* About half of fleet to get evacuation slide inspections
* Cancels 18 of 121 scheduled flights Friday
* More disruptions likely Sunday and Monday
* Shares fall about 5 percent
Sept 20 Allegiant Travel Co, a low-cost
carrier that provides service to leisure destinations, is
grounding as many as 30 of its planes, or roughly half of its
fleet, to inspect emergency exit slides to comply with safety
The company's shares fell about 5 percent on Friday, when it
canceled 18 of 121 scheduled flights, a move that affected
roughly 2,700 passengers.
Brian Davis, a spokesman, said 16 of the flights originally
planned for Friday would operate on Saturday, when the carrier
also expects to complete a full schedule of 33 flights.
Davis added that more disruptions were likely on Sunday and
Monday, which are busier days. "We do anticipate more
cancellations," he said during a conference call.
The Las Vegas-based discounter, which offers flights to
leisure destinations such as Orlando and Fort Lauderdale in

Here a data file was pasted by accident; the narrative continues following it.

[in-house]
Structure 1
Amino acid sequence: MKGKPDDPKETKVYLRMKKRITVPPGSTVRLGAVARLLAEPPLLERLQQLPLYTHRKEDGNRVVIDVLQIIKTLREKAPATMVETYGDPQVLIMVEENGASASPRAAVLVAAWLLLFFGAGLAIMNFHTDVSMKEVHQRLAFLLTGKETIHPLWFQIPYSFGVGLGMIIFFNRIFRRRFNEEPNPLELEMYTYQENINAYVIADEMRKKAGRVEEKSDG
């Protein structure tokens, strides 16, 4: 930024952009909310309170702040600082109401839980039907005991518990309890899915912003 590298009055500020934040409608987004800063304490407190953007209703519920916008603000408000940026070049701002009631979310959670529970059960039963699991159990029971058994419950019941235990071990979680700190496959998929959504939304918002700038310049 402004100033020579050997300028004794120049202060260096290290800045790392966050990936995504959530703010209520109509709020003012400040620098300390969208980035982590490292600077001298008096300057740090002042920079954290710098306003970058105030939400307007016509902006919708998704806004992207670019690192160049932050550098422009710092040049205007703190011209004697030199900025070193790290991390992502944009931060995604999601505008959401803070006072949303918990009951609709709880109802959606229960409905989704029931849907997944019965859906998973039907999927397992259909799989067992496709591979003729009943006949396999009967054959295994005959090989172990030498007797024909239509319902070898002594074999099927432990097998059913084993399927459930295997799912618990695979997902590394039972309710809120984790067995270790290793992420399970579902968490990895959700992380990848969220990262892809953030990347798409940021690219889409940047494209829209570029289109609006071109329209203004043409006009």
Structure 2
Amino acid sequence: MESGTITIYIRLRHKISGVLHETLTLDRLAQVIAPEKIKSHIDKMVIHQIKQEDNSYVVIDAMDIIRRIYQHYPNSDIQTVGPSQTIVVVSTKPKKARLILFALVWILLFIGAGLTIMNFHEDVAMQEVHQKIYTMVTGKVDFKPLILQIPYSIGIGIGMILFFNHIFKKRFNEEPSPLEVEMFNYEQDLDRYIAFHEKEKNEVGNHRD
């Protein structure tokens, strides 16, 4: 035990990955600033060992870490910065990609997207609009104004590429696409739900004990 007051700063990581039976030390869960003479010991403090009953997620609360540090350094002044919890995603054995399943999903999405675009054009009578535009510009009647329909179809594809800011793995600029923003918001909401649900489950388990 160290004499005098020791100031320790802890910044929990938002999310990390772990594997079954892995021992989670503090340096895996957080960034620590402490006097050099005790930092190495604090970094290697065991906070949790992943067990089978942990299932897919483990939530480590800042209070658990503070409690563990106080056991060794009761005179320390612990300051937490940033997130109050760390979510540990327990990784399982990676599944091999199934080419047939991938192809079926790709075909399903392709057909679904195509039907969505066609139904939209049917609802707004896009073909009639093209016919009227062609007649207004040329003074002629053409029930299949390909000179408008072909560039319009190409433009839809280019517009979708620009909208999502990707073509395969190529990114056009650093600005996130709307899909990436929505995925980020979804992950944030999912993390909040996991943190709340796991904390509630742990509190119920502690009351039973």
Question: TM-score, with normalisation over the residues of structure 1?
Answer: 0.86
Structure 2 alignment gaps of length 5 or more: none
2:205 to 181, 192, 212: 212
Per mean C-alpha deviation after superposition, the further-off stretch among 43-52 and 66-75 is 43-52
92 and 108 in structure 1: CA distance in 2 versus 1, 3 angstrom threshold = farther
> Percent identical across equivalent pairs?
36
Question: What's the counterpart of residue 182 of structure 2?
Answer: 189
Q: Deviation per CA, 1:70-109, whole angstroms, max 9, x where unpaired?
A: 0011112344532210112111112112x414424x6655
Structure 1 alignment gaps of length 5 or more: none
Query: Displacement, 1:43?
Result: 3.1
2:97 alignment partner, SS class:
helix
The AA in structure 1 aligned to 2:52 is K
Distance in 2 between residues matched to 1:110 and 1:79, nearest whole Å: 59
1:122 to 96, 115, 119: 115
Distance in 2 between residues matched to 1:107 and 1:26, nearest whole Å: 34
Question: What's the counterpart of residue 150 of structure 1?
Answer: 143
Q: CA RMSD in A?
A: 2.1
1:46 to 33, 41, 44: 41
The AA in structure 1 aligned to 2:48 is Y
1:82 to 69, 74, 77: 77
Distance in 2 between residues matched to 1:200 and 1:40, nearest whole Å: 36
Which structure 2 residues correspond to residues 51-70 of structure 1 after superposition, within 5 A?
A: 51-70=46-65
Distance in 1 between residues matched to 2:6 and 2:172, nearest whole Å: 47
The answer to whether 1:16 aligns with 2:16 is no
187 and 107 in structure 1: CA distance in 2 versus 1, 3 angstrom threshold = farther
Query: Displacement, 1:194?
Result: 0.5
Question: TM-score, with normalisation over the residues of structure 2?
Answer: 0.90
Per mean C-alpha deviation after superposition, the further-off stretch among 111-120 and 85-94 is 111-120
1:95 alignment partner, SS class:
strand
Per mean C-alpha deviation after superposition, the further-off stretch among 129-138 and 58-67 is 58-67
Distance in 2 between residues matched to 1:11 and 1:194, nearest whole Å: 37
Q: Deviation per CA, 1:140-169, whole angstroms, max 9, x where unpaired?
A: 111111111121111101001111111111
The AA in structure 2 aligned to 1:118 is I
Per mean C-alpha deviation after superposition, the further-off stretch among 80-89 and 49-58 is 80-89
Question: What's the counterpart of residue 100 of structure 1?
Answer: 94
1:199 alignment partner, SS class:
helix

Florida and cities in Hawaii, said it had secured seven aircraft
from other carriers to help it provide flights as it makes the
inspections of its MD-80s.
To complete the needed checks, the slides must be taken off
planes and sent to a third party for overhaul. Davis also said
Allegiant was buying evacuation slides in a bid to return planes
to service as soon as possible.
The FAA directed the carrier to report the status of the
evacuation slides on its MD-80s while investigating an emergency
evacuation of an Allegiant flight in Las Vegas on Monday. As
part of the FAA review, Allegiant said it found that it was not
meeting updated manufacturer guidelines that called for older
slides to be overhauled every year, and so decided to pull
planes from service to make the checks. Allegiant said it had
been checking the MD-80 slides every three years.
"The FAA this week became aware that Allegiant Air may not
have inspected some emergency evacuation slides on its MD-80
fleet at required intervals," Ian Gregor, public affairs manager
with the FAA Pacific Division, said in a statement.
"We directed them to report on the slides' inspection
status," Gregor added in an email.
Allegiant said it expected the slide inspections to be
completed by the end of this month. The carrier added it was
offering vouchers, refunds and hotel and meal accommodations to
passengers whose flights were delayed or cancelled because of
the slide inspections.
Las Vegas-based Allegiant operates 52 MD-80 aircraft, six
Boeing Co 757-200 aircraft, and three Airbus
A319 jets. The MD-80 was made by McDonnell Douglas, which Boeing
acquired in 1997.
Allegiant shares closed down $5.08 at $97.91 on the Nasdaq